SMS Fraud Proves a Growing Problem
We all know how valuable short messaging service (SMS) messaging is; whether used to bring quick alerts about new products and services, or just flash deals, to customers, or connecting individuals to other individuals, the uses run the gamut. Something so useful is also a frequent target for miscreants, and SMS fraud is thus on the rise. A new report from iconectiv, meanwhile, spells out just how bad things are getting on this front.
Word from the Communications Fraud Control Association offers the basic threat in a nutshell; reports suggest that around $4.3 billion is lost every year thanks to SMS fraud, and the iconectiv report shows many of the different potential avenues fraudsters have to attack regular users via this highly-popular messaging format. Moreover, sufficient amounts of SMS fraud received by users—even when not leading to huge money-losing possibilities—poison the well of customer satisfaction and leave affected customers looking elsewhere for service.
Ranging from spoofing and phishing scams where fraudsters go looking for account information via fraudulent means to the so-called “grey route” fraud of application-to-peer systems, SMS fraud covers a lot of different areas and makes finding solutions difficult. When there are this many holes in the dike, so to speak, one little Dutch boy's fingers just don't hold up.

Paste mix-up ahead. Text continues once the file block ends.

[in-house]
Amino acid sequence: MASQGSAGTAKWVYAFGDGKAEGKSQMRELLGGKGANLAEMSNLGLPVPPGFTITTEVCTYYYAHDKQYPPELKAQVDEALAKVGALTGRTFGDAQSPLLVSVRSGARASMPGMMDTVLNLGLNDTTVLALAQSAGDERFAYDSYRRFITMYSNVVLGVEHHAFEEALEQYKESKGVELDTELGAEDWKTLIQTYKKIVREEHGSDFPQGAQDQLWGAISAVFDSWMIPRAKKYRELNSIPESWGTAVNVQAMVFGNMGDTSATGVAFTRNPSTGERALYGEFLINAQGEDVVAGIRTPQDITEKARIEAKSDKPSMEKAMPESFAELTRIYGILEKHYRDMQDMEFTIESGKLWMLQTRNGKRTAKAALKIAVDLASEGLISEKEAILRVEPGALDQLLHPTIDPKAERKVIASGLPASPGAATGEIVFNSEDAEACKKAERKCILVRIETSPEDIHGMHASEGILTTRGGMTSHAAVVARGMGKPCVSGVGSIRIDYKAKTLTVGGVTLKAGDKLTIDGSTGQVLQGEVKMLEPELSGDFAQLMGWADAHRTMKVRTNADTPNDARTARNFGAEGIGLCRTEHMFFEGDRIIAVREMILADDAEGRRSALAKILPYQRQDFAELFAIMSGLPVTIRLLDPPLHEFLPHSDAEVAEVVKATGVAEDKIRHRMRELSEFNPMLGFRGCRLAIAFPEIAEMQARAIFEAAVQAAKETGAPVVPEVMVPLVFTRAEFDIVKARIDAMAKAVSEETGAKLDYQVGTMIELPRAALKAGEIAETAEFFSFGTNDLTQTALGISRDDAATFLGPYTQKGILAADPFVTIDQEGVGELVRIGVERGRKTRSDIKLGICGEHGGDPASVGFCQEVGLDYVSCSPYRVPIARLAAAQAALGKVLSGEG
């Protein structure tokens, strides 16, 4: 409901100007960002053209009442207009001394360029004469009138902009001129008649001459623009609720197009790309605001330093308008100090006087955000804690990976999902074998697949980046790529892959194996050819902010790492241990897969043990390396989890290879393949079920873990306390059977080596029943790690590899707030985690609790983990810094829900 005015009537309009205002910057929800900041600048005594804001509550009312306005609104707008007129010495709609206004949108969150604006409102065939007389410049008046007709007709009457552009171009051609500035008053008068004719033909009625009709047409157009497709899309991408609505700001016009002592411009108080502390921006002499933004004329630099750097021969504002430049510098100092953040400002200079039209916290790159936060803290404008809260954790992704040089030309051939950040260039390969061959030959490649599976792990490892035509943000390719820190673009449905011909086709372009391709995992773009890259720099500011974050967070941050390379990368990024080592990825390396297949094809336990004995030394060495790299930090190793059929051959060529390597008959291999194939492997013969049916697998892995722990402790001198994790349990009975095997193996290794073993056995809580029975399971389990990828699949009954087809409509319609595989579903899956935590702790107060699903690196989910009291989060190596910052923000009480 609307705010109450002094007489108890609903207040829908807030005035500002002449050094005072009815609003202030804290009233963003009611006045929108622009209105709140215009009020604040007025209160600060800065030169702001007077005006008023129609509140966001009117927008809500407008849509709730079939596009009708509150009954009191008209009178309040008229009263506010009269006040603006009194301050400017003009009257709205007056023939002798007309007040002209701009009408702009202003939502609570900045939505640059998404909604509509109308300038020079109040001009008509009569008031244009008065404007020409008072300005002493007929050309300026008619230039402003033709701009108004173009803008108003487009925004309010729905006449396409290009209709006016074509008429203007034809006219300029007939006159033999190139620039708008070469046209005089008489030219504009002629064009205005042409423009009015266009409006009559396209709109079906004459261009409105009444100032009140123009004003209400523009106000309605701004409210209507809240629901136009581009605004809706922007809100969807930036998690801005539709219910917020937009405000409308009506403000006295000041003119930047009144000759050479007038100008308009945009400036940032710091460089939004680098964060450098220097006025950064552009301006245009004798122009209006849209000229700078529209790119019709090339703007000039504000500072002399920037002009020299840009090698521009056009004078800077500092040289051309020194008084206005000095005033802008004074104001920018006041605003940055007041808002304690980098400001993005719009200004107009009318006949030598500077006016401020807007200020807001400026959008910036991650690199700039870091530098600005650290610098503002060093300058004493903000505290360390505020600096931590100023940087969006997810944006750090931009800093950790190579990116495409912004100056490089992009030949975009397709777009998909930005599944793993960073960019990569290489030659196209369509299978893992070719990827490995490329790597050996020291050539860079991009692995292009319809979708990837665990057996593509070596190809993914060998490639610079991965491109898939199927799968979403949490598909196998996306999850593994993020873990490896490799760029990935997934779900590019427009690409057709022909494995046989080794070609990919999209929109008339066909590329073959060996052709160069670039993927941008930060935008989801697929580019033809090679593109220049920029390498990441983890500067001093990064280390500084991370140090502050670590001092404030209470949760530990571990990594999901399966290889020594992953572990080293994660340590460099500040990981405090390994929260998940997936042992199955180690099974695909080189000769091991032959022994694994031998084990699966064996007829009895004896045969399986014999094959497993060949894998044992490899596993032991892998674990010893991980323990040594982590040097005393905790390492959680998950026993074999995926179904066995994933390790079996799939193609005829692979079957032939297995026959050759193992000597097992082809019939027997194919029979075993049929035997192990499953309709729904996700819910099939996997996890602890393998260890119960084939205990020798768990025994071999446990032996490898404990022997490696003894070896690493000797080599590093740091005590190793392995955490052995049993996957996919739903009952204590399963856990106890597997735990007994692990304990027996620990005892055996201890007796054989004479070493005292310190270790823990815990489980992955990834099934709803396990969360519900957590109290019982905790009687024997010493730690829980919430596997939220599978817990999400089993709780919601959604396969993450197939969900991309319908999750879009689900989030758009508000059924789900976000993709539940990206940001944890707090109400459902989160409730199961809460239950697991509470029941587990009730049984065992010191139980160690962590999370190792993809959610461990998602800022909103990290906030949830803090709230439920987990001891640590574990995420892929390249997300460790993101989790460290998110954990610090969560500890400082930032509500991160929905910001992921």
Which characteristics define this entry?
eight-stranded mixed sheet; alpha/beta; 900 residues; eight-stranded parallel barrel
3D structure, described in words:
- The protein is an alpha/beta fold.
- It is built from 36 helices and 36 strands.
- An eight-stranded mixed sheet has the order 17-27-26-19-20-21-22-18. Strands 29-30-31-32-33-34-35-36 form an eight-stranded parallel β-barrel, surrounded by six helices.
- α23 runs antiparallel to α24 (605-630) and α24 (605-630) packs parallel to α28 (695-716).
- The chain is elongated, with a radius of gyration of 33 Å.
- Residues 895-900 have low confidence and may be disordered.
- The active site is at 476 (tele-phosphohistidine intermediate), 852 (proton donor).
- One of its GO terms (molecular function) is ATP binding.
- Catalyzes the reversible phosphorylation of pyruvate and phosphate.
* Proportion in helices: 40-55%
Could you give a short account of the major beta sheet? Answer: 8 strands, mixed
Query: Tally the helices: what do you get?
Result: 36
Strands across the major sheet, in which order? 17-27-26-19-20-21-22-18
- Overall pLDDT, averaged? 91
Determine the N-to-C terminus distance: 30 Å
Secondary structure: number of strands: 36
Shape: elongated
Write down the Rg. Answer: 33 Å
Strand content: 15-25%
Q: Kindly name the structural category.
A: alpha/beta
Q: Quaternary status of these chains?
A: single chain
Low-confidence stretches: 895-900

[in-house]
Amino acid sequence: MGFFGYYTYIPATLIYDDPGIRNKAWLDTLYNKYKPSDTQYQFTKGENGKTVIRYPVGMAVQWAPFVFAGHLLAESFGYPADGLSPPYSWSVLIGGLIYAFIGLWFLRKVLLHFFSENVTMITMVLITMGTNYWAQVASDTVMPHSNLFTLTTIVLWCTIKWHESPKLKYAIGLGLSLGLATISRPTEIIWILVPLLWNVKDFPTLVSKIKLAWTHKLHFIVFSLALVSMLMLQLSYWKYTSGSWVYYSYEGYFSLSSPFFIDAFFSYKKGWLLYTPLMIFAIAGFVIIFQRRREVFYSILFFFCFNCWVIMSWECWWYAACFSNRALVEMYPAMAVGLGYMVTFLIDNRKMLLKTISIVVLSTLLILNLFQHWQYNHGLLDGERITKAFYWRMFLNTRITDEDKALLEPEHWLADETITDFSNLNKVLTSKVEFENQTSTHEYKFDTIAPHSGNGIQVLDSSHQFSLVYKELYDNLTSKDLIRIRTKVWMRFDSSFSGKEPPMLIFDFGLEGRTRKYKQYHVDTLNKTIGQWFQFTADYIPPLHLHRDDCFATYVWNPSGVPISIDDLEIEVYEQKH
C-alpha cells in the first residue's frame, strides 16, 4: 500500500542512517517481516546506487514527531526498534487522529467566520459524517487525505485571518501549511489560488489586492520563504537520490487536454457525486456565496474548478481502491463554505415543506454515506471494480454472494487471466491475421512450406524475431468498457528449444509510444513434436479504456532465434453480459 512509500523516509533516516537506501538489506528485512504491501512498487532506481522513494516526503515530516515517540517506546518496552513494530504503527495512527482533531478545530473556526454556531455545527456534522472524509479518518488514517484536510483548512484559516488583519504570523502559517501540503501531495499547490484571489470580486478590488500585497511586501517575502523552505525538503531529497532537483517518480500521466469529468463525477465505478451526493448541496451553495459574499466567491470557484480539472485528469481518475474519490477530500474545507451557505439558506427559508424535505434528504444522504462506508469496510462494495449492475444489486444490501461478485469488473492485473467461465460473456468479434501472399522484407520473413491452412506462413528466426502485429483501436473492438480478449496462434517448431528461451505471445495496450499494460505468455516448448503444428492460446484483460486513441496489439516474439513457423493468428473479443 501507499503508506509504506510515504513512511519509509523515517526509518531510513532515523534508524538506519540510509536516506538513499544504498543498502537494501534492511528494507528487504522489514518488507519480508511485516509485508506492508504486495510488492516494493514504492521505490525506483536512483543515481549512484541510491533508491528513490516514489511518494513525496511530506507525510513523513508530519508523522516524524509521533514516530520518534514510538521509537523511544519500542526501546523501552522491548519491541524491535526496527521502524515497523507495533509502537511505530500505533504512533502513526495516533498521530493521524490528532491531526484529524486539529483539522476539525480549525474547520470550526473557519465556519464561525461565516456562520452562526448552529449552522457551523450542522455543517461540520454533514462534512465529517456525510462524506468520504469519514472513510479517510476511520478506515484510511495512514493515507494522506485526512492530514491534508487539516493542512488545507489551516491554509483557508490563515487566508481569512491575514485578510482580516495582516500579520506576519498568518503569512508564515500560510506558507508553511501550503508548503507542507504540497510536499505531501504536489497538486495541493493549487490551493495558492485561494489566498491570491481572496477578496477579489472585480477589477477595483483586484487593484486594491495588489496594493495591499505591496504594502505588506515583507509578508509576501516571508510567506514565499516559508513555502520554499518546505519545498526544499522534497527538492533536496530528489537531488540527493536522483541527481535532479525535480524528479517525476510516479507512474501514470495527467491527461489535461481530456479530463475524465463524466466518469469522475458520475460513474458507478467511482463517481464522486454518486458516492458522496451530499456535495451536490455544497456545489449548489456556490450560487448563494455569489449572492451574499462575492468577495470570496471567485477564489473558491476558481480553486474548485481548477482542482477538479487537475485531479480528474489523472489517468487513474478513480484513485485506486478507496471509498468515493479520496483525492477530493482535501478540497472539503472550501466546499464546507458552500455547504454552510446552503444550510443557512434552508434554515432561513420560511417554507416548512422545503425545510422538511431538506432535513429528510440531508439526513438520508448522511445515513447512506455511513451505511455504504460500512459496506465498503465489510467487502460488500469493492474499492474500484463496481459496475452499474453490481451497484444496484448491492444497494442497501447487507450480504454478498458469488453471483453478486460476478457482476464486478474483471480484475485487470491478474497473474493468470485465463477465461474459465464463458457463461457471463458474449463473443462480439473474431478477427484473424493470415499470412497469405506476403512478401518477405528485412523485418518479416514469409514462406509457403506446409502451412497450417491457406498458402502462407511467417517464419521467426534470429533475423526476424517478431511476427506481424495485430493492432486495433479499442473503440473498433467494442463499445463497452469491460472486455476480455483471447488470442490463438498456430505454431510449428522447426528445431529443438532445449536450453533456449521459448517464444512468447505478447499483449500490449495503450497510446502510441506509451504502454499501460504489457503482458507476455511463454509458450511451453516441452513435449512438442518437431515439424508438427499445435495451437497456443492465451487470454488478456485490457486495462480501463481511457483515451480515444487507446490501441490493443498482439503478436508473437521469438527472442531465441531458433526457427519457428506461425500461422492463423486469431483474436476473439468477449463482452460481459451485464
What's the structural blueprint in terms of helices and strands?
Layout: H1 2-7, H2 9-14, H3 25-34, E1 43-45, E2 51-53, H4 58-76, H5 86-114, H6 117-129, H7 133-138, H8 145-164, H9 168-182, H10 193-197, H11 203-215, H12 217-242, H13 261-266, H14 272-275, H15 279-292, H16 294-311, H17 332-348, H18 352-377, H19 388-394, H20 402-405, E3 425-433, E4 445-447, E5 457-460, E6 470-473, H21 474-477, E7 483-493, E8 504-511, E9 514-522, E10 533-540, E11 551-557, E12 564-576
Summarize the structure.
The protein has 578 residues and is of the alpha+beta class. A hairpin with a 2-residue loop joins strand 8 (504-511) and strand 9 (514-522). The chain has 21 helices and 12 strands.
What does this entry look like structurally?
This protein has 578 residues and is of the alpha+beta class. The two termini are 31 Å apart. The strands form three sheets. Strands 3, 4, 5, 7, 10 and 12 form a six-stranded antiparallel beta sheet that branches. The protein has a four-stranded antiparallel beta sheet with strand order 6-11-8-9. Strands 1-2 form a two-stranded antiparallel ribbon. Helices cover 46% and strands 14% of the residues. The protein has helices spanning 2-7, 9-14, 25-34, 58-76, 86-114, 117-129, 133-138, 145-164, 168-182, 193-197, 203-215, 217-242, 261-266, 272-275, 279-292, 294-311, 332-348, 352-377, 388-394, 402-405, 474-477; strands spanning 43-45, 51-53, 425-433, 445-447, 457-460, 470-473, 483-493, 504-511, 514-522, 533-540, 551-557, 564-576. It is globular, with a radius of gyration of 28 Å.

Those looking frantically for good news in all this can take heart; the iconectiv study also details some of the new anti-fraud measures available for users to put in play and take some of the bite out of SMS fraud.
This may be the high point of the entire study; we're dealing with a field that's used just about every day by large amounts of people, and not being able to protect these people from as much as possible is a sure recipe for customer disloyalty in large numbers. Sure, network providers can't do the whole job—there's a certain level of personal responsibility involved here—but nor should the end user be on the hook for the whole job of security. Protection needs to start at the network level, and end at the end user. If the network can't at least thin the threats down to a manageable level, then the end users will likely wonder if some other network can do the job and switch flags accordingly.
If nothing else, the iconectiv report will deliver useful insight into the nature of SMS fraud, and how important protective measures along the whole spectrum are. That's important for anyone to bear in mind, and reminds us all of the value of vigilance.
Edited by Alicia Young